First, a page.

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August 09, 1923 - Image 1

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Text
Publication:
Michigan Daily, 1923-08-09

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DAY AND NIGHT
SERVICE

L. XIV. No. 41

ANN ARBOR, MICHIGAN, THURSDAY, AUGUST 9, 1923

PRICE FIVE C

_ _
f r

ENGLISH TEICHING
PEI00 TOO SHORT,
DECGLARESMOOlR E
ASSERTS MORE TIME SHOULD BE
DEVOTED TO SUBJECT IN .
AMERICAN SCHOOLS
SAYS TRANSLATION
TOO MUCH STRESSED
Ability to Read Rather Than Under-
standing of Text, of Major
Importance
H. E. Moore, senior modern lang-
uage master of the Isleworth County
School, London, began his talk on
the"Psychology of Translation" yes-
terday afternoon, by giving a short
description of the new method of
teaching pupils proper pronouncia-
tion of modern languages.
English Youth Begins Study Early
He stated that this method which
has been agred upon is difficult to
apply in the limited space of time
given over to the teaching of modern
languages in the American schools.
Moore said that in England pupils
from the age of eleven on into the
'niversities were taught and develop-
ed in the correct manner.
1°e said that the first requisite in
teaching of pronounciation was the
correct position of the tongue, which
ha much more to do with the pro-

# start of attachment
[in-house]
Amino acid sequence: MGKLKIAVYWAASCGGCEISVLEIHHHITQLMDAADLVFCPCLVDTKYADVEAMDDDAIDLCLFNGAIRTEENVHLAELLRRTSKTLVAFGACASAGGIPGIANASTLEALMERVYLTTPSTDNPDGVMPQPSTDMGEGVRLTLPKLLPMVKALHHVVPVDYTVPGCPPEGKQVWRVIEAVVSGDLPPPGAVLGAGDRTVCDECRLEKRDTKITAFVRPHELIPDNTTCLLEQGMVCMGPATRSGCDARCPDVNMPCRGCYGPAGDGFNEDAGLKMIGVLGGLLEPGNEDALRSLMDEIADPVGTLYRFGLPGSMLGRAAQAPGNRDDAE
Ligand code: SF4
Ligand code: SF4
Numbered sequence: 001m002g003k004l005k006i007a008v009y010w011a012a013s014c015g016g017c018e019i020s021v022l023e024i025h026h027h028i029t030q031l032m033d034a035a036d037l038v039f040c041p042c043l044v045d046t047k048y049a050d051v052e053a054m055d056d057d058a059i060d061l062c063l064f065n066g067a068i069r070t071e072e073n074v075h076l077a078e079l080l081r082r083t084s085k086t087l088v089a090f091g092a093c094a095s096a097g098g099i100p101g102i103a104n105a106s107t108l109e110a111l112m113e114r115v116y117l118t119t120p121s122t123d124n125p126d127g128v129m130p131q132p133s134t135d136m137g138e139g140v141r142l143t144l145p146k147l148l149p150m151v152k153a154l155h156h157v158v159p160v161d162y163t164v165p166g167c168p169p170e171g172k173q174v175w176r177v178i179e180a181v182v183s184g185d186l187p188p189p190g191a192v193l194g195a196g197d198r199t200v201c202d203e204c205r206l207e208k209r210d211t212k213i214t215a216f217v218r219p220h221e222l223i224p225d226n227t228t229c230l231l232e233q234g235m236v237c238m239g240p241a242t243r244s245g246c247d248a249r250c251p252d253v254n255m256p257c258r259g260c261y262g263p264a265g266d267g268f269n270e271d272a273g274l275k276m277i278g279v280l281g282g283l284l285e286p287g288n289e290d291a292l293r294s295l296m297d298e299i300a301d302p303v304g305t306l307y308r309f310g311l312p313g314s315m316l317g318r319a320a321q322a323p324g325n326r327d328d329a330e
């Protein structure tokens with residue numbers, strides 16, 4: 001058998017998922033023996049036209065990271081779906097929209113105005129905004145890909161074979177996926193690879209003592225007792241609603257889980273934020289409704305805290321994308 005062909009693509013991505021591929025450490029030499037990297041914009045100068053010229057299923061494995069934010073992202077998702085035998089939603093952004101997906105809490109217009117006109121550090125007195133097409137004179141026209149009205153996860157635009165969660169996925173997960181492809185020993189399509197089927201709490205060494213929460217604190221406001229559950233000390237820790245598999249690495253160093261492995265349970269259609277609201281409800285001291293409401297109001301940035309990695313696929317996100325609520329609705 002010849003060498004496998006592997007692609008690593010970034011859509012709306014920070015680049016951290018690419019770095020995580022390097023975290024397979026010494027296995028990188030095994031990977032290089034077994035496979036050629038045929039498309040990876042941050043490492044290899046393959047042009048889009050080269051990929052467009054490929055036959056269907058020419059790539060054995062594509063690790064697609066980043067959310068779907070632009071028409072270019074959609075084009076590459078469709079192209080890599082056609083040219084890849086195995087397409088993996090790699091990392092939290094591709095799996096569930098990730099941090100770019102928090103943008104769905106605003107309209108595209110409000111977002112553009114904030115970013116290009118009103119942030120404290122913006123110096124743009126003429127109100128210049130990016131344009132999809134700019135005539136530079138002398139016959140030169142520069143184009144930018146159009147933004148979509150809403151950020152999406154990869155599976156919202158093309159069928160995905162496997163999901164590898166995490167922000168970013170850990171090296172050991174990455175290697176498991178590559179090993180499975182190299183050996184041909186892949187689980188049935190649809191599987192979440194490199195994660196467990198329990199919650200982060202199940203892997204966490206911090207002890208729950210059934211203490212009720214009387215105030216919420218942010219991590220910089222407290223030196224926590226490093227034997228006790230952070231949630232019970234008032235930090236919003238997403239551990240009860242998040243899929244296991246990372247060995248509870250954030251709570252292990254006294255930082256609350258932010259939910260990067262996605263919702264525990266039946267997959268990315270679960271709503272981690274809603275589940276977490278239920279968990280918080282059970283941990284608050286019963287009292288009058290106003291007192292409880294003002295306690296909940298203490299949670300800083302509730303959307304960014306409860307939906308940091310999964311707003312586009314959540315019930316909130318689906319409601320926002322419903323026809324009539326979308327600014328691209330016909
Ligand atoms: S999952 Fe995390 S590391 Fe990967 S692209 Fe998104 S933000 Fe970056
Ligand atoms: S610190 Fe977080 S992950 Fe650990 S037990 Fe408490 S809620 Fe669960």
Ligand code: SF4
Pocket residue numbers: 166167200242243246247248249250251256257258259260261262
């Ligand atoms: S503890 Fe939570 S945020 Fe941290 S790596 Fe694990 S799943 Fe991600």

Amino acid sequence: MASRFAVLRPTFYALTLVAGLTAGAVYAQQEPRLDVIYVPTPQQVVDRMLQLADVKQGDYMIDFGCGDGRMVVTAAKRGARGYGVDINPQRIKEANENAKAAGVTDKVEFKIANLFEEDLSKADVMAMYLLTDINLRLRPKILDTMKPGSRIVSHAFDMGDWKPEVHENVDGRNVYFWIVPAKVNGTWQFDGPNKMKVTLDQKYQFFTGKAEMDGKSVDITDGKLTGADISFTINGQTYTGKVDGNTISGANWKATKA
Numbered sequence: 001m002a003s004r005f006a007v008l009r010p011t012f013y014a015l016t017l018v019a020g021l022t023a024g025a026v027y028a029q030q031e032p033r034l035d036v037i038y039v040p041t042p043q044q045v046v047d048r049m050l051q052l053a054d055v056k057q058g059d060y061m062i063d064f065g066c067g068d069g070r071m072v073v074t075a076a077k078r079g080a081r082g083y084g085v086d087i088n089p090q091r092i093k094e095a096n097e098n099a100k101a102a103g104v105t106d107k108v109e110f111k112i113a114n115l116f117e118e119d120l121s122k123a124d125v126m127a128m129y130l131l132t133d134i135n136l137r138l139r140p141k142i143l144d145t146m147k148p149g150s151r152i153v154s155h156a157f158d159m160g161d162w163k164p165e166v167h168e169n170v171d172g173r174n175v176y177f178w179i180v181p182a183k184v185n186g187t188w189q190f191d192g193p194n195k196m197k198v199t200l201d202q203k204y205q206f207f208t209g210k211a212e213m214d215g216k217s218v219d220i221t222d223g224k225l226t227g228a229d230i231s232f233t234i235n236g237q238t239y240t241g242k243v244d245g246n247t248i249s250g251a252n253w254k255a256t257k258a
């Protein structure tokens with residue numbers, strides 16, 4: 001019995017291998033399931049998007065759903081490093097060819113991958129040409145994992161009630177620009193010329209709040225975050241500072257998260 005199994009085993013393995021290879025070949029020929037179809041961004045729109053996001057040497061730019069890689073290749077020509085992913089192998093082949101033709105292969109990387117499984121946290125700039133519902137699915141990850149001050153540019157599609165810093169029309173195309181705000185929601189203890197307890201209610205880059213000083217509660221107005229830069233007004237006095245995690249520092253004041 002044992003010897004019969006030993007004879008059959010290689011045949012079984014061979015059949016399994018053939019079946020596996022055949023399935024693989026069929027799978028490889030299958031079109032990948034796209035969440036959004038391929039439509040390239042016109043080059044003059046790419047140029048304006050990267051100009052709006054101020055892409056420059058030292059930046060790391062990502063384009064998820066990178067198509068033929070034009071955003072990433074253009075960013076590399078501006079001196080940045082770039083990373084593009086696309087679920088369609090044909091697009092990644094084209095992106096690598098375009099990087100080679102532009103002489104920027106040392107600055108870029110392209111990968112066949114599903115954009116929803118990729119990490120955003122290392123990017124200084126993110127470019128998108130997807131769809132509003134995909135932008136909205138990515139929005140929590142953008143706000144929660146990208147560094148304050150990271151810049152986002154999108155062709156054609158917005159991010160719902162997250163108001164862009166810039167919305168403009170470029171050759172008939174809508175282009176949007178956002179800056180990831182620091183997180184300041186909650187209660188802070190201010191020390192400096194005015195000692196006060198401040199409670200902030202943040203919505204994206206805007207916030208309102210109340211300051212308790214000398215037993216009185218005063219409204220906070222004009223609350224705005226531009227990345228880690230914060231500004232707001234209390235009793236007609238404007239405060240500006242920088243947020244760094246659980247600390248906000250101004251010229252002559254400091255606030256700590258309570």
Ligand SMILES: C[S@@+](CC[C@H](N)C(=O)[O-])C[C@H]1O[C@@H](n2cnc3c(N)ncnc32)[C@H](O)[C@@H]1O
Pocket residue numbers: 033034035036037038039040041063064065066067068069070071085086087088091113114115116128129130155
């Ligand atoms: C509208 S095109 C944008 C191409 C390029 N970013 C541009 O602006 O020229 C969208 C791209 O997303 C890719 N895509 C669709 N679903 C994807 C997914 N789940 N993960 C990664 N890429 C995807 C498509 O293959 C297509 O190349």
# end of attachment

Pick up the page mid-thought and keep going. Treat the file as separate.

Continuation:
pounciation of French vowels than in
English. Muscular consciousness must
be developed in the pupils. English
vowels are all dipthongs and one of
the practical devices used to overcome
the difficulty of pronounciation in an-
other language is to sing the vowels,
as this aids in showing how wrong
theyjare by the viciousnessof their
sounds.
Mr. Moore continued by saying that
too much translation was required of
pupils in school, that it was stressed
too much in examinations, and that it1
was the most difficult part of a for-
eign language to master.
He stated that the ultimate aim of]
teaching a modern language is to
impart the ability to read, not in the
American sense, but the power of
grasping the subject matter of thei
text. "Translation," quoted Mr.,
Moore, from an, eminent authority ont
the subject, "is an obstacle to the1
ability to read," .
Mr. Moore quoted many noted writ-
ers who are agreed on the fact that
too much translation is taught int
the schools, He gave a personal ex-
perience as an ex.ample. Translation,
he said, was not required in business,e
but only ' the ability to grasp the
meaniing of important matters imme-
diately.
UHICAGO BOARD OF TRADE
SUSPENDS FOR HALF HOUR
Chicago, Aug. 8,-(By A.P.)- All
business on the Chicago board of trade
was ordered suspended at 11 a. m. to-
day, the hour of the state funeral ser-,
vices for President Harding at the
capitol in Washington, for a period of
30 minutes.
Fuller Confession to Amaze Wall St.
New York, Aug. 8.-Revlations ynade
ih reported confessions to Federal At-
tgrney Hayward by E. M. Fuller and
William F. McGee, confessed stock
bucketeers, are likely to rock the fi-
nancial section of New York to its

foundations. Carl E. Whitney, nw